Statement from Whaikaha Ministry of Disabled People re Removal of Remaining Covid19 Public Health Requirements:

Kia ora, 


This email provides an update on the Government’s COVID-19 announcement, including guidance and links to additional information.  


The Government announced this week that it has removed the last remaining mandatory COVID-19 public health requirements for a 7-day isolation period for people testing positive for COVID-19, along with the mandatory wearing of face masks for visitors to healthcare and disability facilities, will be removed.  


This decision does not mean COVID-19 has disappeared. COVID-19 remains active in the community. 


The wearing of facemasks by visitors in healthcare and disability settings and continuing to isolate if positive for COVID-19 are still being strongly recommended.  


New Zealand has a good supply of antiviral medicines, and people with a high risk of severe illness from COVID-19 will continue to be eligible for treatment with antivirals. 


Hon Dr Ayesha Verrall, Minister of Health’s media release is available here: 

All COVID-19 requirements removed | 


Whaikaha thanks disability providers and carers for the continued commitment to help prevent the spread of COVID-19 throughout the pandemic. 


Although the mandatory requirements have been removed, we expect disability service providers to continue to take measures that will help prevent the spread of illnesses, including COVID-19. 


Te Whatu Ora Guidance: 


Guidance from Te Whatu Ora was released following the changes. Please find this guide ace attached.  


We would like to highlight the following guidance for our disability provider network. 


“When do I need to wear a face mask?  


Mask wearing remains an important way we can prevent the spread of respiratory illnesses, including COVID-19, particularly in health and disability care settings.  


It is especially important to wear a face mask when visiting people who are at higher risk of becoming seriously unwell, like older people and kaumātua, babies, people living in aged residential care facilities, patients in hospital and those with other health conditions, including disabled people.”  


COVID-19 Guidance is also available for the health and disability sector on the Te Whatu Ora website: 

COVID-19 information for health professionals – Te Whatu Ora – Health New Zealand


Aged care, disability and hospice providers – Information and guidance on COVID-19 for aged care, disability support and hospice care providers.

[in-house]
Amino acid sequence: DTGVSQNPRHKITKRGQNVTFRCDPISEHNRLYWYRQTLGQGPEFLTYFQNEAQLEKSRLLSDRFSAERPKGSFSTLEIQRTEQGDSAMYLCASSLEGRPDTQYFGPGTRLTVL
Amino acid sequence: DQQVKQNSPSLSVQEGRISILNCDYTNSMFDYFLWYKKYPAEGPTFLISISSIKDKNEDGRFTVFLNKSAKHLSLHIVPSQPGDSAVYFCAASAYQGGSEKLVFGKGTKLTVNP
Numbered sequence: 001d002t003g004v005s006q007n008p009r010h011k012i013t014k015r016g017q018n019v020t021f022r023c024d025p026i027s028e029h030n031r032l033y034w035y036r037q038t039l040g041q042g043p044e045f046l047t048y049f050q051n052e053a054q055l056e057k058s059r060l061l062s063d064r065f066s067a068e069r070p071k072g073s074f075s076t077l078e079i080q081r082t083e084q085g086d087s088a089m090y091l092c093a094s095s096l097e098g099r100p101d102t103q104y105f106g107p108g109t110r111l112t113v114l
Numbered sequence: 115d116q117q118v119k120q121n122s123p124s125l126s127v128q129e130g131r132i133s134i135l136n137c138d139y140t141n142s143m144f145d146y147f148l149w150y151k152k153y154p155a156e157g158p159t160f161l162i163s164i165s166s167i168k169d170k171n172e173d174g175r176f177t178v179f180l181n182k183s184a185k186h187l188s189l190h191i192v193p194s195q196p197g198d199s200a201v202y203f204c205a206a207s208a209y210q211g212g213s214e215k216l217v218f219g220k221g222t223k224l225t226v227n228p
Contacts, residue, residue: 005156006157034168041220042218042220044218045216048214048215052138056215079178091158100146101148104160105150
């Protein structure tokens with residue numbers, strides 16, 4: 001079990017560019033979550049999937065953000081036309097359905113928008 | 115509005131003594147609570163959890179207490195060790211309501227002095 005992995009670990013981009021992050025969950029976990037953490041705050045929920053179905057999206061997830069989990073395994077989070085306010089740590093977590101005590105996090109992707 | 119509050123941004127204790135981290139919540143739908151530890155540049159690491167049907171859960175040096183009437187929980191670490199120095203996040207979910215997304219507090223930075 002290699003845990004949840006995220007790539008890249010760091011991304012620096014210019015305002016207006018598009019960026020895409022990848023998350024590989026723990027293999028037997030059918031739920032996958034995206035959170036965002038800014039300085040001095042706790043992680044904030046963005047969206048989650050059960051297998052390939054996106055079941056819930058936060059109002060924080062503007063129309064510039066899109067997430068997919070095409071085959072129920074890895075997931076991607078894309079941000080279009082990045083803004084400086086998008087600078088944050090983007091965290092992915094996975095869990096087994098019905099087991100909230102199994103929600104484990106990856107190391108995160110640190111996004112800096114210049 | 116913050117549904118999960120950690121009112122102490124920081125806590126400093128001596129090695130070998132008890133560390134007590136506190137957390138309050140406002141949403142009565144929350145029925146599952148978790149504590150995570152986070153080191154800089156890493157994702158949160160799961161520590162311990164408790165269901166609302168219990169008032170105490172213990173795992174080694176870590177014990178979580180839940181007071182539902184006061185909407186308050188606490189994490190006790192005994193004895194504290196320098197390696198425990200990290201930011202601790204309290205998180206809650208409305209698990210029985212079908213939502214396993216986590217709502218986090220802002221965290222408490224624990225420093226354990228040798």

We recommend disability support work staff continue to wear face masks in disability residential care settings, group homes and residences they visit, and in places disabled people access as part of daily living. People can also ask their support workers to wear a mask when they come into their home. We expect providers to accommodate these requests.  


Disability providers are classified as “Persons Conducting a Business of Undertaking” (PCBUs). Under the Health and Safety at Work Act 2015 PCBUs have fundamental responsibilities. These are:  

the PCBU must ensure that health and safety of its workers while at work, and while carrying out the work.  

the PCBU must also ensure that the health and safety of others are not put at risk by that work.  

if there is a risk, it must eliminate that risk, or if it is unable to do so, minimise that risk.  

These responsibilities mean that any existing IPC controls should stay in place for disability services. 


More information can be found here: 


Family, whānau, and āiga carers – Information and advice for carers who support friends, family, whānau and āiga who are unwell or who have a chronic health condition or disability. 


Support Workers – Guidance and information on reducing the impact and spread of COVID-19 for people employed to provide care and support to people living at home. 


Personal protective equipment – Information on PPE and the supply of PPE from the Te Whatu Ora’s Central Supply to providers contributing to the COVID-19 response.   

COVID-19 Information for disabled people 


The COVID-19 website will include updated information in accessible formats once it is available, and remains the best source of information for disabled people. 

COVID-19 support and information for disabled people in New Zealand | Unite against COVID-19 ( 


The dedicated Disability Helpline (0800 11 12 13 or text 8988) continues to support the disability community with information on testing and managing COVID at home.  

The helpline team can also help with:  

  • any general health concerns 
  • if a support worker/carer is unavailable or hasn’t arrived 
  • connecting you with the information and support you need. 


If you need communication assistance, you can access using the NZ Relay Service A person with experience or knowledge of disability will answer your call from 8am – 8pm. After 8pm, calls are answered by a trained member of the Healthline team. 


Ngā manaakitanga


Whaikaha – Ministry of Disabled People